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Misconception: Quit Smoking Later

FACT: There’s no such thing as a reproductive grace period when it comes to smoking. If you’re hoping to become pregnant in the near future, the time to butt out is before you start trying to conceive. Research has shown that couples are less likely to become pregnant in any given cycle if one or both partners smoke. That means more cycles of trying for couples who smoke than couples who don’t.

Cigarette smoke is bad news, whether you’re female or male. Not only can it affect the health of the egg and the quality and quantity of sperm; smoking can also bring on early menopause (by a couple of years) in the female partner. The news is even worse for anyone with a history of fertility problems, which is why The American Society for Reproductive Medicine recommends in its Fact Sheet on Smoking and Infertility that both partners quit smoking if they have experienced reproductive difficulties in the past: “The best available scientific data indicates that cigarette smoking strongly contributes to infertility. Smoking cessation may improve natural fertility and success rates with infertility treatment.”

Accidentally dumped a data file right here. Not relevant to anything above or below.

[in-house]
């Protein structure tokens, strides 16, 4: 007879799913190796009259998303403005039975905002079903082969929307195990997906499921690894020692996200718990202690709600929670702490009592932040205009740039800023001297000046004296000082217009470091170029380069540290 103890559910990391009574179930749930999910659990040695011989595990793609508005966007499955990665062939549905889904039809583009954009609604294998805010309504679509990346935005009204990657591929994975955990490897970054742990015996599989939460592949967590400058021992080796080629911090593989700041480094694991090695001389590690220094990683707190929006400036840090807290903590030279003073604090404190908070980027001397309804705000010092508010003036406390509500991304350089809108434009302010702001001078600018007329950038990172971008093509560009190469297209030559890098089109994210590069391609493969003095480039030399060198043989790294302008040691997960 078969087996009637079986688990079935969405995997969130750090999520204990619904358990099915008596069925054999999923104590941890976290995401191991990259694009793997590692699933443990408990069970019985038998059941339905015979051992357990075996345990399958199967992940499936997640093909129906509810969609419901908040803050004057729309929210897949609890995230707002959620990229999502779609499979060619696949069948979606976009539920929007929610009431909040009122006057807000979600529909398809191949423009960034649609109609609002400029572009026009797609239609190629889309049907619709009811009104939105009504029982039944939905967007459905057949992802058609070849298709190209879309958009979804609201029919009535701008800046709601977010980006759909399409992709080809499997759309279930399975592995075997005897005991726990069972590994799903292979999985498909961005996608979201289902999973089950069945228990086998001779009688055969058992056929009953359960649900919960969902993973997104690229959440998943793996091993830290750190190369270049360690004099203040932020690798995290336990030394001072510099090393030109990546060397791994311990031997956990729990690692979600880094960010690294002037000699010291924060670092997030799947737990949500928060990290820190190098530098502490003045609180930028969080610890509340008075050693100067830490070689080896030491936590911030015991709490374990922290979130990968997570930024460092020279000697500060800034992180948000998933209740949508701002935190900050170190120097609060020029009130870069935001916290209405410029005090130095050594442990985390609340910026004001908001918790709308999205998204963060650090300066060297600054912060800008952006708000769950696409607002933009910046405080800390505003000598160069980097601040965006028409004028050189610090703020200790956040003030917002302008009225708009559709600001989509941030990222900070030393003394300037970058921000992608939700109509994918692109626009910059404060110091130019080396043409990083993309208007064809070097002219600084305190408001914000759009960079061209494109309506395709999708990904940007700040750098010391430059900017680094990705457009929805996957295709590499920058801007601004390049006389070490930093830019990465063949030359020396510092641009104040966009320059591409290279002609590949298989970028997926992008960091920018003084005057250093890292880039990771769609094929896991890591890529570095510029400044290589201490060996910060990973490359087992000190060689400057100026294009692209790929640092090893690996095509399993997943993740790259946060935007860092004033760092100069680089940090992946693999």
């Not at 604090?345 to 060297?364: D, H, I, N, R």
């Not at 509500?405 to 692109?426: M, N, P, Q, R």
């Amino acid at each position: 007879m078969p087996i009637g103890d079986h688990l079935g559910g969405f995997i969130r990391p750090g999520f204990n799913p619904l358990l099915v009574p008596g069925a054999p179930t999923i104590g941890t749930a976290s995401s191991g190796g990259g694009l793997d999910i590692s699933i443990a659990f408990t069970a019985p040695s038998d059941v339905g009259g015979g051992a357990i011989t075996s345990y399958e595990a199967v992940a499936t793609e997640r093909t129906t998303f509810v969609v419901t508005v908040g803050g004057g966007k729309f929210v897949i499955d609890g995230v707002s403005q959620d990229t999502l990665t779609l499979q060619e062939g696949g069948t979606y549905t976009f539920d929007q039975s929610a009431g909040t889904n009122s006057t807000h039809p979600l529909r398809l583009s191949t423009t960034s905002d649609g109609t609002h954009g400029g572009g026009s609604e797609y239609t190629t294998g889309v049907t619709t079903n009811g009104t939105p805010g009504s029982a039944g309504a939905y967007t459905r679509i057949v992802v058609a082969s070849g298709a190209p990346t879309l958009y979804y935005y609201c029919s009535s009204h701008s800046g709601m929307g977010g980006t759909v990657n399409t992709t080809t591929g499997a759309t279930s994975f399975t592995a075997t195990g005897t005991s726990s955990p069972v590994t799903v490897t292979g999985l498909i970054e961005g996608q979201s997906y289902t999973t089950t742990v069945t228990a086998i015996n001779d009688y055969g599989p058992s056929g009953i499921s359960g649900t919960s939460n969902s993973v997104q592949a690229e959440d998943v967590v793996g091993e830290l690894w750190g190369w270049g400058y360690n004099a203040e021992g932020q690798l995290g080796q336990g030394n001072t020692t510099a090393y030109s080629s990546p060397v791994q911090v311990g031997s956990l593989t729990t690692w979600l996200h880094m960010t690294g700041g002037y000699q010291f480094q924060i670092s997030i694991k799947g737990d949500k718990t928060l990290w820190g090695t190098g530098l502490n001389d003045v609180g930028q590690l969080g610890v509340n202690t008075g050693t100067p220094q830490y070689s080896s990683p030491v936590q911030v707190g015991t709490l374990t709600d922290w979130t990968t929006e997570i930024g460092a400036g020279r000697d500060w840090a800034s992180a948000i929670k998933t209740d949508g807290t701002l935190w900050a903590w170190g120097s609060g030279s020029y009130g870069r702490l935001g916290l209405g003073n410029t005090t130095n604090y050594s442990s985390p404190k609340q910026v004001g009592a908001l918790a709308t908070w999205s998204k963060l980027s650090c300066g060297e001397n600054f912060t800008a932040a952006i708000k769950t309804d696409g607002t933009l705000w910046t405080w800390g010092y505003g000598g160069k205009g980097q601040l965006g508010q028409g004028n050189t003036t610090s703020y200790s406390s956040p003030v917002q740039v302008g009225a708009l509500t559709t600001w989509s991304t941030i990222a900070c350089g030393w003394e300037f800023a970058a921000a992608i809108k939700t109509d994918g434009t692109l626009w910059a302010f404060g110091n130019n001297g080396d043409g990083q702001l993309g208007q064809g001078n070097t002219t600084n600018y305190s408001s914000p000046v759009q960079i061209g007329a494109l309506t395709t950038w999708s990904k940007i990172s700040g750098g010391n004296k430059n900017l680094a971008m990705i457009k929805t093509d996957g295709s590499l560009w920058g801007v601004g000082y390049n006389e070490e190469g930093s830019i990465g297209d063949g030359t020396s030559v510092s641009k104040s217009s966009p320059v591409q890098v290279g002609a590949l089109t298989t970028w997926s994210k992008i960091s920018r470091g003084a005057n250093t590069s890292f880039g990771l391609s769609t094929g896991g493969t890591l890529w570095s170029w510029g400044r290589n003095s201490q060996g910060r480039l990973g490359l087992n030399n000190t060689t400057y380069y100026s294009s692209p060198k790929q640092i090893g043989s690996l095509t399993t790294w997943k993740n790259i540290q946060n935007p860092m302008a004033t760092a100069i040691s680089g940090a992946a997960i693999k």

And if you’re still smoking when you do get pregnant, the risks become even more dire. According to preconception health specialist Arlene Cullum, MPH, director of women’s and children’s and ambulatory services at Sutter Medical Center in Sacramento, California, exposure to cigarette smoke increases the odds of both miscarriage and ectopic pregnancy, premature birth, low birth weight babies, and babies who succumb to SIDS (Sudden Infant Death Syndrome).

No one says it will be easy, but you do have the power to quit. “There are certain things about your body and your health you can’t control, but smoking is something that is within your power to change,” says Cullum. For help with kicking your smoking habit, check out or